Are Americans really doing everything in their power to find work if they aren’t willing to leave the friendly fifty? The coming global talent crunch gives well-trained American workers an advantage. Work abroad awaits Americans willing to chase it down.
After finishing a PhD in journalism in 2009, I was unable to find an academic job in the United States. I applied for 20 positions, got three interviews, and one offer. A fourth interview at The University of Missouri, for which I had a plane ticket in hand, was cancelled when the state legislature announced it was destitute and froze public hiring.
My lone offer, a position at The American University in Cairo, was a happy fit. My research and reporting primarily focus on the Arab world, my wife and I had both studied Arabic and spent time living in Jordan, and we were open to living abroad again. Off we went to Egypt.
Our two years here were well worth it. I’m returning to the US without most of my student loan debt and to a good job at the University of Maine. My sense is that a primary reason I was hired at a university in rural New England is because of global perspectives I can bring students.
While I have an advanced degree and speak a second language, I’m not a narrow exception; increasingly, work abroad awaits Americans willing to chase it down.
An under-emphasized situation that will give well-trained American workers an advantage is the coming global talent crunch. “Most developed countries will experience a shortage of people as the century progresses,” wrote Joseph Nye in “The Future of Power.”
Talent shortages have already emerged in the high-salary markets of Germany, Japan, and Sweden, with ever-greater pressure to come. A mixture of at least 83 countries and territories, Mr. Nye says, have fertility rates below those necessary for population replacement. The US will likely be the only wealthy nation to see its population grow over the next three decades.
Maddy Dychtwald and Christine Larson, authors of the book “Influence,” a treatise on women’s economic power, argue that “the raging war for talent” might be “the most influential power shift of the coming decade.”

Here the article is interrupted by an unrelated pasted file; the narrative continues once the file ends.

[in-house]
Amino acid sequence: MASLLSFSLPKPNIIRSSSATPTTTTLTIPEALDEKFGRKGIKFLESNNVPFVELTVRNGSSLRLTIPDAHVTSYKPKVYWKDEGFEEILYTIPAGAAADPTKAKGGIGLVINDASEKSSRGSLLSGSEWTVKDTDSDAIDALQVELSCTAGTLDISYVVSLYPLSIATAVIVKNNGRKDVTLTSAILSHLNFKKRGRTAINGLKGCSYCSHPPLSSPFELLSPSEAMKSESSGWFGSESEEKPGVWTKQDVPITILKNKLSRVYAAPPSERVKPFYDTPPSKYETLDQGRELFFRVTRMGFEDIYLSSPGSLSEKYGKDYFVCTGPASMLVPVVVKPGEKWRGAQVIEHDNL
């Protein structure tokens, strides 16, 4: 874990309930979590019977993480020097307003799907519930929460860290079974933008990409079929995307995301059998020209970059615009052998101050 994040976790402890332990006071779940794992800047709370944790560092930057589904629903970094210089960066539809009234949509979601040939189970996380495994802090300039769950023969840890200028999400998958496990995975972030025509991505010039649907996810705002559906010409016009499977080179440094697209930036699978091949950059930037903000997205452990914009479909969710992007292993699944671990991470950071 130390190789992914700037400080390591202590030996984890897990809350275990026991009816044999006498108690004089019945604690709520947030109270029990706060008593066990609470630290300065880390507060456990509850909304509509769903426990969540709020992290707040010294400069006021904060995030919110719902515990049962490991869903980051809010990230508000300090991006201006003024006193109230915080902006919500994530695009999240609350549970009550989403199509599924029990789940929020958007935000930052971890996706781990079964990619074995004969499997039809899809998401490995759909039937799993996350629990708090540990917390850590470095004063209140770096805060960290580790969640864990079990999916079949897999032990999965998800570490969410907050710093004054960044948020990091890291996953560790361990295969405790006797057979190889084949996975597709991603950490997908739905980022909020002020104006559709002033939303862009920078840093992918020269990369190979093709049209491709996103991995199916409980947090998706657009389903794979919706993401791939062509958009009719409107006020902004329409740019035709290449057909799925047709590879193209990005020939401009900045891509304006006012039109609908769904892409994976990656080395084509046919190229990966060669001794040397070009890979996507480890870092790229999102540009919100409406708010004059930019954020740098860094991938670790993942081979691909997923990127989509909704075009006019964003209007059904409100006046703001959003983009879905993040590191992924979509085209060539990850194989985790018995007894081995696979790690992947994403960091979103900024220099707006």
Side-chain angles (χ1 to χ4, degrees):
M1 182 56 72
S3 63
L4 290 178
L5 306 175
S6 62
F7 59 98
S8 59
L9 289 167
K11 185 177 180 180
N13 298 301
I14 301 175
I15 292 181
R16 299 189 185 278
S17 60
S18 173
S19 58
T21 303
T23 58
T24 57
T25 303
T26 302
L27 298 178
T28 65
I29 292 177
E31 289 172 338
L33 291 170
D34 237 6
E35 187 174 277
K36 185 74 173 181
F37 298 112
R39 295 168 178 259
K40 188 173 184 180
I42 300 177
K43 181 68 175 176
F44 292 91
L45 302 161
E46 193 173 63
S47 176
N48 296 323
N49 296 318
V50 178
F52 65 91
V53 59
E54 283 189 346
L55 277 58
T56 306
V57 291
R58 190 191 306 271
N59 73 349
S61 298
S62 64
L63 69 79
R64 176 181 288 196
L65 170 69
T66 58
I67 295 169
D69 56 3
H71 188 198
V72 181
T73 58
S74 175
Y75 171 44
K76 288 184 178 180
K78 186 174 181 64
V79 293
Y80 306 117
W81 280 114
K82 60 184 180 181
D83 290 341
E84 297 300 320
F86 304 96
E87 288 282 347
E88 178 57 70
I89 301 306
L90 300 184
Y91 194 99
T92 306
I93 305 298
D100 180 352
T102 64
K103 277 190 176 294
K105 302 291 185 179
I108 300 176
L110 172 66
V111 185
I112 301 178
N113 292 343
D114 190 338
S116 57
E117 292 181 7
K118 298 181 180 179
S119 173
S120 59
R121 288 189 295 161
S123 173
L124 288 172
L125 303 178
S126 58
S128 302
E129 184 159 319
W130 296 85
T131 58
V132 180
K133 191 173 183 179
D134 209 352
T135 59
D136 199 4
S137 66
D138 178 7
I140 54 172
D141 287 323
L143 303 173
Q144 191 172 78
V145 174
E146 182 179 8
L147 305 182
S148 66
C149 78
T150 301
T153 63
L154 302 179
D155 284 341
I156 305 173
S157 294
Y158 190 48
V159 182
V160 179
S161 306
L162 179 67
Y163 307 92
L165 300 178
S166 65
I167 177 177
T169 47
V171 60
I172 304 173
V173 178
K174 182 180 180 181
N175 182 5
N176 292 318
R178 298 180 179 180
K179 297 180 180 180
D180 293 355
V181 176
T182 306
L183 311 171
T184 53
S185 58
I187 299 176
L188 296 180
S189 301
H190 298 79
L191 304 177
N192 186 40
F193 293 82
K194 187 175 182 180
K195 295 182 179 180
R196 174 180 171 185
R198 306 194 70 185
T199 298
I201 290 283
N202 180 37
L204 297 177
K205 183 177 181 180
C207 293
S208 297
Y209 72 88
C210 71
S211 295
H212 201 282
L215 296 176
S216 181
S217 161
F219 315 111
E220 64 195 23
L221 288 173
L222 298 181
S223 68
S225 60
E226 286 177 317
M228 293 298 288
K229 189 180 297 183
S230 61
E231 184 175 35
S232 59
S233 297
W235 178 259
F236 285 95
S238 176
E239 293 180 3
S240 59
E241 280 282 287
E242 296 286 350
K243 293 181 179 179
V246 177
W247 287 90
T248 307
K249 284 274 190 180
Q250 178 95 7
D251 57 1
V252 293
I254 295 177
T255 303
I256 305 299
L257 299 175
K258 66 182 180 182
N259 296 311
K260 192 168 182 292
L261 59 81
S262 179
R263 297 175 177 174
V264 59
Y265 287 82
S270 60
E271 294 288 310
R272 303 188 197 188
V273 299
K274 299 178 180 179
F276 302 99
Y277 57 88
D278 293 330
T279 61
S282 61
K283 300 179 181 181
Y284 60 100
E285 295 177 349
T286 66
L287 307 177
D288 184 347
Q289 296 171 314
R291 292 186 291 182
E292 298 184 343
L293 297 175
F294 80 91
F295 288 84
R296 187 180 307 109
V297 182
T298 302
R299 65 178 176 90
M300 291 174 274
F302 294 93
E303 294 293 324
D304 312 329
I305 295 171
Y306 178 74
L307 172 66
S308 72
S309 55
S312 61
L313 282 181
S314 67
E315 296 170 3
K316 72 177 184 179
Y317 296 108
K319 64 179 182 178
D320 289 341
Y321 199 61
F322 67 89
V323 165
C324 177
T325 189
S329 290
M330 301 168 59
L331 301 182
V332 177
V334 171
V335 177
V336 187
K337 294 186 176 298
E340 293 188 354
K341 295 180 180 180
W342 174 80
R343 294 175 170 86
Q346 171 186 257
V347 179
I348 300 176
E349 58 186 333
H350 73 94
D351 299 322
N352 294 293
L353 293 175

Spoiled by a history of relatively low unemployment rates, too many American workers believe that, not only are they entitled in some way to middle-class wages, but are specifically owed such work in Phoenix, Cleveland, or Cheboygan. This led many Americans to anchor themselves to property in communities they couldn’t afford, confident the work they needed would always be there.
Not only are Americans no longer entitled to jobs in Cheboygan, the icier truth is that they may not be entitled to gainful employment in the United States.
A former office manager in New Orleans who has languished out of work for two years need not go on haplessly searching classifieds on the Times-Picayune website. In this case, it’s time to look beyond the friendly fifty. Network news broadcasts in the US frequently introduce viewers to unemployed or underemployed Americans who insist they’ll do anything to find work. But are Americans really doing everything in their power to find work if they aren’t willing to leave Boise or Boston?
After finishing college in the US, my brother-in-law landed a job teaching English in Busan, South Korea. He’s a talented young man, but all he had at the time was a prayer, a diploma, and a gossamer resume typical of a 22 year-old. He found work, though, and he’s not alone; there are over five million non-military Americans living outside the US.
Working in a foreign country is not only a way to keep financial body and soul together, but often represents an investment in one’s future, by way of learning a foreign language and gaining greater global expertise. American workers may find jobs domestically that afford them security for the time being, but such positions might not mean much in terms of training for a global economy.
Rewarding work doesn’t abound abroad for all Americans, certainly. Entry-level factory jobs in Brazil and Singapore will not pay American wages. Even so, manufacturing has been a growing industry outside the US, one in need of experienced technicians and innovative leaders.
Americans, technically skilled and educated at the world’s best universities, are attractive to foreign markets in need of a trained workforce. It’s a rough time to be an unemployed American…in America. Things may be brighter abroad.